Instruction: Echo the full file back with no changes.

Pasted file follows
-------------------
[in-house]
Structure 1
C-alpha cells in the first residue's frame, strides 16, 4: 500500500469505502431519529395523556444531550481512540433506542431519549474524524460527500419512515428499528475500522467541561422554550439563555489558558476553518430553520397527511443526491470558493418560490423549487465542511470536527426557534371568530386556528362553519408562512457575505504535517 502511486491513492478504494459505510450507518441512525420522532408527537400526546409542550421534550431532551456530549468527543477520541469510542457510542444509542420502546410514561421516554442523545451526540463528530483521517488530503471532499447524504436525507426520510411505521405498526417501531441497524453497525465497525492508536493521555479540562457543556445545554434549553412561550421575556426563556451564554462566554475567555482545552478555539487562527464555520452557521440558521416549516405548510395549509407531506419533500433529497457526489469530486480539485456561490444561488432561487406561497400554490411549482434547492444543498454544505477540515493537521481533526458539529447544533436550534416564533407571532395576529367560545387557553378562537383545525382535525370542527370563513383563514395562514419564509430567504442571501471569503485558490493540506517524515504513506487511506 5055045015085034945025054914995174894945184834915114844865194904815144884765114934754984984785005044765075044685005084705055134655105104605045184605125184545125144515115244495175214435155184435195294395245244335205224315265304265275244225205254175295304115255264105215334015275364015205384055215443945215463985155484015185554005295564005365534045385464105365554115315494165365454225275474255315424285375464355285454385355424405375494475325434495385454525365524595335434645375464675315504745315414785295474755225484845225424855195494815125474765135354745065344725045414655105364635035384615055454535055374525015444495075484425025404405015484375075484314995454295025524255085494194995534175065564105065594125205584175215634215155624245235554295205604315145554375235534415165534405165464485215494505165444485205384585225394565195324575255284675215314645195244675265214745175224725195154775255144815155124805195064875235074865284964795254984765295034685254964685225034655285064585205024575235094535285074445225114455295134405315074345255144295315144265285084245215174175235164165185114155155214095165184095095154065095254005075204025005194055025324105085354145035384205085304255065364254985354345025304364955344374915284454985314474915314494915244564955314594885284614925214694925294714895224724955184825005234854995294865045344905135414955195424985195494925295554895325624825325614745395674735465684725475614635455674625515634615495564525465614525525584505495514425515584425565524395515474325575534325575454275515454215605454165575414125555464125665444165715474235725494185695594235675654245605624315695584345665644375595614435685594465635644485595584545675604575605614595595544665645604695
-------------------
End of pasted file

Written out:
[in-house]
Structure 1
C-alpha cells in the first residue's frame, strides 16, 4: 500500500469505502431519529395523556444531550481512540433506542431519549474524524460527500419512515428499528475500522467541561422554550439563555489558558476553518430553520397527511443526491470558493418560490423549487465542511470536527426557534371568530386556528362553519408562512457575505504535517 502511486491513492478504494459505510450507518441512525420522532408527537400526546409542550421534550431532551456530549468527543477520541469510542457510542444509542420502546410514561421516554442523545451526540463528530483521517488530503471532499447524504436525507426520510411505521405498526417501531441497524453497525465497525492508536493521555479540562457543556445545554434549553412561550421575556426563556451564554462566554475567555482545552478555539487562527464555520452557521440558521416549516405548510395549509407531506419533500433529497457526489469530486480539485456561490444561488432561487406561497400554490411549482434547492444543498454544505477540515493537521481533526458539529447544533436550534416564533407571532395576529367560545387557553378562537383545525382535525370542527370563513383563514395562514419564509430567504442571501471569503485558490493540506517524515504513506487511506 5055045015085034945025054914995174894945184834915114844865194904815144884765114934754984984785005044765075044685005084705055134655105104605045184605125184545125144515115244495175214435155184435195294395245244335205224315265304265275244225205254175295304115255264105215334015275364015205384055215443945215463985155484015185554005295564005365534045385464105365554115315494165365454225275474255315424285375464355285454385355424405375494475325434495385454525365524595335434645375464675315504745315414785295474755225484845225424855195494815125474765135354745065344725045414655105364635035384615055454535055374525015444495075484425025404405015484375075484314995454295025524255085494194995534175065564105065594125205584175215634215155624245235554295205604315145554375235534415165534405165464485215494505165444485205384585225394565195324575255284675215314645195244675265214745175224725195154775255144815155124805195064875235074865284964795254984765295034685254964685225034655285064585205024575235094535285074445225114455295134405315074345255144295315144265285084245215174175235164165185114155155214095165184095095154065095254005075204025005194055025324105085354145035384205085304255065364254985354345025304364955344374915284454985314474915314494915244564955314594885284614925214694925294714895224724955184825005234854995294865045344905135414955195424985195494925295554895325624825325614745395674735465684725475614635455674625515634615495564525465614525525584505495514425515584425565524395515474325575534325575454275515454215605454165575414125555464125665444165715474235725494185695594235675654245605624315695584345665644375595614435685594465635644485595584545675604575605614595595544665645604695